Fortier said that more of the town board’s decision making needs to be in the interest of the residents, not the politicians. She said there weren’t any specific issues she’s planning to bring up with the board, but would like to see board members become more responsive to the needs of the community.
A three-way race for highway superintendent will pit Jeffrey Richards, running on the Conservative and Independence lines, and Robert Collins, a Republican, against incumbent Robert Phillips, who is running as a Democrat.
Collins said he’s worked highway jobs for “quite a few years” through several different contractors and has had a store and construction business of his own. He said that experience will help him know the costs of maintenance and repair, and how to manage a staff. He said the highway department currently isn’t doing the job as best it can.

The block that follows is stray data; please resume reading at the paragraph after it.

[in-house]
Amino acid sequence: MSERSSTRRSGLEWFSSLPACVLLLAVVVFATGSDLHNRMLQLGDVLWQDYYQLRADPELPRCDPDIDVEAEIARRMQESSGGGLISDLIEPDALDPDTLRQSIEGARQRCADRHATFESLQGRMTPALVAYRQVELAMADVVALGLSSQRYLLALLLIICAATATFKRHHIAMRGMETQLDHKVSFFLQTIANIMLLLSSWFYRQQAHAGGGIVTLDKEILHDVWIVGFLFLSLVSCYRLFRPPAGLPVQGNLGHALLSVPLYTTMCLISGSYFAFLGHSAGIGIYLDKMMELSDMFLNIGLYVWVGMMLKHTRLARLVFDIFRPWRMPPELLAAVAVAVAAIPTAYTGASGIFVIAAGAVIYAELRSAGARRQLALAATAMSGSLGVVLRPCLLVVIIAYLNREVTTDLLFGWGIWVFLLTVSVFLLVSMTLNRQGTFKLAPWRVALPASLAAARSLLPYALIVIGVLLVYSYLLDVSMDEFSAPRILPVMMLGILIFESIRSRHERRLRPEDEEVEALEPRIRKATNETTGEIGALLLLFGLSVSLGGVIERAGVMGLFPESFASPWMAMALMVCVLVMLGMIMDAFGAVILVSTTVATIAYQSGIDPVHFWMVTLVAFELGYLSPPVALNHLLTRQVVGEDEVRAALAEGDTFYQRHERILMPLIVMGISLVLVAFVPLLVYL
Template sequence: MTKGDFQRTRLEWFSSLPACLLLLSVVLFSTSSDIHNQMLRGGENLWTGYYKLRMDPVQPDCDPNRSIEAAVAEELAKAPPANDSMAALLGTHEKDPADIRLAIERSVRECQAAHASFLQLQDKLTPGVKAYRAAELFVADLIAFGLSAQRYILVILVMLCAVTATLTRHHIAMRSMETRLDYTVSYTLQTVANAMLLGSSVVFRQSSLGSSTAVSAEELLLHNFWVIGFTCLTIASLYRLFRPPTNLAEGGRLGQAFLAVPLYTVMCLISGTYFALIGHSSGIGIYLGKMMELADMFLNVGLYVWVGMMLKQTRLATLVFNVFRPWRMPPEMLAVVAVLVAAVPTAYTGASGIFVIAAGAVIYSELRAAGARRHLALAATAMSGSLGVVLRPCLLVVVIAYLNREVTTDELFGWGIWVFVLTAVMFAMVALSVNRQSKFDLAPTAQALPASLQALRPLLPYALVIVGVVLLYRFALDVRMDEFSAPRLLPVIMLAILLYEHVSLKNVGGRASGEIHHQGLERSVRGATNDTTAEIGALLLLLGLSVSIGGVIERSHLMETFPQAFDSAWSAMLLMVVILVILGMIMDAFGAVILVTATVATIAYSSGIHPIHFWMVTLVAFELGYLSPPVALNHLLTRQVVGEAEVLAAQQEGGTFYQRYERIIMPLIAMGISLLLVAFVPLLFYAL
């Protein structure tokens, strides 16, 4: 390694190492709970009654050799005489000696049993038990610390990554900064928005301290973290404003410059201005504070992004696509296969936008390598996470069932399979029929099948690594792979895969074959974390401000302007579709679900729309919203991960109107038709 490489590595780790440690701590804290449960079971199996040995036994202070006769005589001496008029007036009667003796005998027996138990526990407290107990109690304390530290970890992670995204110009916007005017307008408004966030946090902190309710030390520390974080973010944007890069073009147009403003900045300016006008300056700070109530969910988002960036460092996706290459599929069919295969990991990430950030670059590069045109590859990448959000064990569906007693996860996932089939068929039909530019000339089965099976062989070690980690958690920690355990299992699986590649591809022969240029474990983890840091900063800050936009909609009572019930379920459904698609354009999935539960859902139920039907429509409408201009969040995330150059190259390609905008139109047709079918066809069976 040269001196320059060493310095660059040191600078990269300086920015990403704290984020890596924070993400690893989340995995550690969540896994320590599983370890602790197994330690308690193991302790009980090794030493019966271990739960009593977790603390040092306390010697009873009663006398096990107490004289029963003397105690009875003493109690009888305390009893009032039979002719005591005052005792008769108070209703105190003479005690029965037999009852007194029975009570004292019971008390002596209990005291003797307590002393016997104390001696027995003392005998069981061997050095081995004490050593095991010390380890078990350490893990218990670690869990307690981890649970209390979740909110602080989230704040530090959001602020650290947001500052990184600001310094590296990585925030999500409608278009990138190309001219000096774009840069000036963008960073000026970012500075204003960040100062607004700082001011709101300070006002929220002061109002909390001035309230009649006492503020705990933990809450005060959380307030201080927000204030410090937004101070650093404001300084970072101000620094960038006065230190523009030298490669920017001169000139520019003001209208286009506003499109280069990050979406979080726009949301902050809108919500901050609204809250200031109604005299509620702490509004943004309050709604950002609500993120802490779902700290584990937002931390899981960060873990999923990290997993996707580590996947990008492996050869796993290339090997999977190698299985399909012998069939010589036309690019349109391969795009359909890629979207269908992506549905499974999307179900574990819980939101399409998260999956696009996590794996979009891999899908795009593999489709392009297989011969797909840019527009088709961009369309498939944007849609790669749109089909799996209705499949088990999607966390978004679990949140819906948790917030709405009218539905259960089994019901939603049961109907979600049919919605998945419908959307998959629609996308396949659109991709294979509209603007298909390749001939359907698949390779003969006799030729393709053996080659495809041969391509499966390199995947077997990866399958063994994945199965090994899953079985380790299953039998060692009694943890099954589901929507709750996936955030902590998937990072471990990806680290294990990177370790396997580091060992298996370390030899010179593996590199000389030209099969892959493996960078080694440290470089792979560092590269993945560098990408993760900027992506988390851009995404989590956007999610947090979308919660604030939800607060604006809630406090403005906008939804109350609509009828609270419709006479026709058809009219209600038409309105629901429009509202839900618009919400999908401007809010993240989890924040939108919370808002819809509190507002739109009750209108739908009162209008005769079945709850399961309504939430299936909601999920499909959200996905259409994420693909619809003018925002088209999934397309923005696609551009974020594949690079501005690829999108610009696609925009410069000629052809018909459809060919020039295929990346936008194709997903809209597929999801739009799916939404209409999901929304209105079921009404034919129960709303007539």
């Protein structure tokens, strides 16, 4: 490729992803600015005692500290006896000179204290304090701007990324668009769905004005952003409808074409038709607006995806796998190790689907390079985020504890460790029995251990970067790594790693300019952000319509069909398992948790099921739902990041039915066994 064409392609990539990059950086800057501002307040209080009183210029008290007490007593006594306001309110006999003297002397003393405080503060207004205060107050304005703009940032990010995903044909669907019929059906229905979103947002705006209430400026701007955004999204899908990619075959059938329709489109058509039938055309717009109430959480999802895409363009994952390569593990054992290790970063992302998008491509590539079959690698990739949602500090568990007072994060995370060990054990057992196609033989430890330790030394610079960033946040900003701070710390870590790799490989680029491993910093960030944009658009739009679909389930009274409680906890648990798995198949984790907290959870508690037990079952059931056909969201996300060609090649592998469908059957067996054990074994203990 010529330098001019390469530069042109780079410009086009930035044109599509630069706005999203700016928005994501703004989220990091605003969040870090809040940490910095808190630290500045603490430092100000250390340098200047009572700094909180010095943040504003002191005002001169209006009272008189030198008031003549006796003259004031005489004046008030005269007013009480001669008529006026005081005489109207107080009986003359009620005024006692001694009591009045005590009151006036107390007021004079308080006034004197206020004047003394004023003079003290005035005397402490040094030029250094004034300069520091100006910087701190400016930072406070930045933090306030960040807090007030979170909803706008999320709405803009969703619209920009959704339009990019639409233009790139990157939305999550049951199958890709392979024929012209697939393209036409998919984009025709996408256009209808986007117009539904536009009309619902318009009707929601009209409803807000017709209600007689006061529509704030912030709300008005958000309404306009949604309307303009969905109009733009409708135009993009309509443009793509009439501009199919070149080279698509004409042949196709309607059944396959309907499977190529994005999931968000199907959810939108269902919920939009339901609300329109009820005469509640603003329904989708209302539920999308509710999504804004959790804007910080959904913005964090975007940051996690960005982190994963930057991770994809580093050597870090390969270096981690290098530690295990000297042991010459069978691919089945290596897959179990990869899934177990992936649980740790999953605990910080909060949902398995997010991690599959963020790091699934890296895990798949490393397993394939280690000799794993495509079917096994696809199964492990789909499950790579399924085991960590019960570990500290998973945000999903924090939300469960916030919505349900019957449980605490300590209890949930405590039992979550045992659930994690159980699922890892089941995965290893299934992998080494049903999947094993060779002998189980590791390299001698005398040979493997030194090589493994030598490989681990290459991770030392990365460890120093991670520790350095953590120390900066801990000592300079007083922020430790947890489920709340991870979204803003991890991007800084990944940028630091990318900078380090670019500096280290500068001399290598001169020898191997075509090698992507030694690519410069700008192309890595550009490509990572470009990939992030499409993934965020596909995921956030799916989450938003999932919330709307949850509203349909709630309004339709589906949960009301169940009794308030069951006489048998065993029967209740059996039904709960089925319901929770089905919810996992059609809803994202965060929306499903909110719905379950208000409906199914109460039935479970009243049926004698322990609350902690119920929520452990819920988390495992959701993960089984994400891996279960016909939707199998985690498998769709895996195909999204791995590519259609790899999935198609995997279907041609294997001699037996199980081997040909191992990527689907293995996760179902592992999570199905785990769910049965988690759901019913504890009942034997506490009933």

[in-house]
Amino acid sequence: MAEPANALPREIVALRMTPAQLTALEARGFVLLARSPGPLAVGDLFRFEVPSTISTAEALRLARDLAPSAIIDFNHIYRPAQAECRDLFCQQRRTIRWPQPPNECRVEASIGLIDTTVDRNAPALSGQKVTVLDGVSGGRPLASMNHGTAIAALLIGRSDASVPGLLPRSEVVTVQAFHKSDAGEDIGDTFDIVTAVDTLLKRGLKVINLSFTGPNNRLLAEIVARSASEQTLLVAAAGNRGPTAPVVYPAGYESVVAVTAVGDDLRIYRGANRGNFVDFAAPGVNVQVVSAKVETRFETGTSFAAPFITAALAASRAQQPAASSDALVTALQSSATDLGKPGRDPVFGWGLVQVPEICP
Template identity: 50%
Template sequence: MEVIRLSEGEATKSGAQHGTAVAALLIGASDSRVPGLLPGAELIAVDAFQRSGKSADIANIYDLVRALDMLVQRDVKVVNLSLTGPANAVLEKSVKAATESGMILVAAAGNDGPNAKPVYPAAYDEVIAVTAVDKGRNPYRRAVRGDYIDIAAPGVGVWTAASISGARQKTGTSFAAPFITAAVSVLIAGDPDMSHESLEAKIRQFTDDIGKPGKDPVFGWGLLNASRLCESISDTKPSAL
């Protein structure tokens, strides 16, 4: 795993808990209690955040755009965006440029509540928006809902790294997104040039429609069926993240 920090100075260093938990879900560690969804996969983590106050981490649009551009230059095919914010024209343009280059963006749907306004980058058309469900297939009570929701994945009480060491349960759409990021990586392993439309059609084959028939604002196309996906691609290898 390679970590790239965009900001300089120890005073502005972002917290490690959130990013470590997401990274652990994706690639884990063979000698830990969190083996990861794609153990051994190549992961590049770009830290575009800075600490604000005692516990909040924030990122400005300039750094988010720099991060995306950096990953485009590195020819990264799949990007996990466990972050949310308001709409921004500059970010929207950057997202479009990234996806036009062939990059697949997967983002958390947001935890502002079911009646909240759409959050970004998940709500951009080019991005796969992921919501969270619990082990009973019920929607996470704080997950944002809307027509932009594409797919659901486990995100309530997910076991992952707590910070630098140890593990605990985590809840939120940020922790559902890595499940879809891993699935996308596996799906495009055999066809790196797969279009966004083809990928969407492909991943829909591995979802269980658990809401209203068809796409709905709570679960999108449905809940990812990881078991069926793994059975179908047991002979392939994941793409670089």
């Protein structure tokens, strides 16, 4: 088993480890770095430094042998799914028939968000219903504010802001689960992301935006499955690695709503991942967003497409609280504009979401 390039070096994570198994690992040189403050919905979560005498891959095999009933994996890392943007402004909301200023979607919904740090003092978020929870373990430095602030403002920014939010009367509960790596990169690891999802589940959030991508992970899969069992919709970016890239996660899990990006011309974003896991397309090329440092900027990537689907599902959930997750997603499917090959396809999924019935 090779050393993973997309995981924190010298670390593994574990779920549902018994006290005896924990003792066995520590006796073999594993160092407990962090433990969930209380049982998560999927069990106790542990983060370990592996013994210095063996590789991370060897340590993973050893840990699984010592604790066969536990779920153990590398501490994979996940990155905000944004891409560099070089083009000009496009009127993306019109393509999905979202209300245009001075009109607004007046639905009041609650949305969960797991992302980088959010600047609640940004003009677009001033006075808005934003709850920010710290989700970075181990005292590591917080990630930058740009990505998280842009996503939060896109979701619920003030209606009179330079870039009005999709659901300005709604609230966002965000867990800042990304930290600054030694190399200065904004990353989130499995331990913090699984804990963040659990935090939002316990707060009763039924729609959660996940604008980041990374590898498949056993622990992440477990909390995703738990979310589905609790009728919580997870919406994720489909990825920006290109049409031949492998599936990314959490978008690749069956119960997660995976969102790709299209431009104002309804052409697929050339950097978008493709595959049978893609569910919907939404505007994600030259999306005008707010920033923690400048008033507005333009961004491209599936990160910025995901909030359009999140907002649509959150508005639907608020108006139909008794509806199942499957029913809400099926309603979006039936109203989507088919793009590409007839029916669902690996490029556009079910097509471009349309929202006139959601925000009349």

“They need to plow the roads better,” Collins said. “The (highway superintendent’s) job is basically to make sure the roads are safe for people to get out on. Basically, we’re not getting that.”
Richards, who has raised a family in Granby and lived in the town since 1982, said things have changed in the last four years since longtime highway superintendent Lynn Moyer retired. Richards said he’d like to return the department to the way it was prior to Moyer’s departure.
“I want to see the highway department set back to where it was under the supervision of Lynn Moyer,” Richards said.